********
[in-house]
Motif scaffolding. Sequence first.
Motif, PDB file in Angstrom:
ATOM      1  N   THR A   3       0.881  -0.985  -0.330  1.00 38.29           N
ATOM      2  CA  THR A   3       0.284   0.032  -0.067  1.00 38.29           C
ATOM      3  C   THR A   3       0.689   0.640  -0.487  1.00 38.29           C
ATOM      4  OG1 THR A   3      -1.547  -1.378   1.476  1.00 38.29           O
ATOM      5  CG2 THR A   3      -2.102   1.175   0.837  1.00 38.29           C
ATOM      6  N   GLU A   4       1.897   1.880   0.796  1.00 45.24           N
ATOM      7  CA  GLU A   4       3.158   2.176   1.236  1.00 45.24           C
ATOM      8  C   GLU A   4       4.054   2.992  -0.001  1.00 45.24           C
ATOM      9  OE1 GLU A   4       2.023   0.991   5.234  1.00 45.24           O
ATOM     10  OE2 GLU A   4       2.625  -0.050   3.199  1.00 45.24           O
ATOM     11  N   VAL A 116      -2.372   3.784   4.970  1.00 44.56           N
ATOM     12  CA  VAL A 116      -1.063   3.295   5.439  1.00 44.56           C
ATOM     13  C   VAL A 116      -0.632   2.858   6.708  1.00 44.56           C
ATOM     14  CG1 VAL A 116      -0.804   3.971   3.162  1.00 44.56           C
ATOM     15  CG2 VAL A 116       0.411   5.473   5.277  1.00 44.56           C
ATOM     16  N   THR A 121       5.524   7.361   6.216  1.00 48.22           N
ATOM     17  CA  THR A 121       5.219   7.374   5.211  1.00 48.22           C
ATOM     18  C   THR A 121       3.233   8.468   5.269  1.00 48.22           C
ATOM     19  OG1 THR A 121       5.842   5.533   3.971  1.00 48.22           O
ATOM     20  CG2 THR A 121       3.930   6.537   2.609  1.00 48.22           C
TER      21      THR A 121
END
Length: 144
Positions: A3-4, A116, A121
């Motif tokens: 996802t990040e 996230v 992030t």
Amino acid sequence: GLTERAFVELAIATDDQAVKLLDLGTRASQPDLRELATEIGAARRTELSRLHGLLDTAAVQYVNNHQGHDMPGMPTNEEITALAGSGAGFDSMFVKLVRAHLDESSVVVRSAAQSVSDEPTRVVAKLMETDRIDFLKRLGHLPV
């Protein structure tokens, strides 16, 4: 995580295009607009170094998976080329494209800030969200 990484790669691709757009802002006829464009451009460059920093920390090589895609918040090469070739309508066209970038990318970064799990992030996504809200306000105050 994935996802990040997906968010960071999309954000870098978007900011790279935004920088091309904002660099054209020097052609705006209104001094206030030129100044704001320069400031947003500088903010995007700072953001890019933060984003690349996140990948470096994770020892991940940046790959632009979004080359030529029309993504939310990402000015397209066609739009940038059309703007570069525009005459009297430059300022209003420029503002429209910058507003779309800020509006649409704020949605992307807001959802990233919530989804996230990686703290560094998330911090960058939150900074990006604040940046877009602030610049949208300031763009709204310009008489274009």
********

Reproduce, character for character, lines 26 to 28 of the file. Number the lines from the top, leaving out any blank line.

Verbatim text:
Length: 144
Positions: A3-4, A116, A121
């Motif tokens: 996802t990040e 996230v 992030t």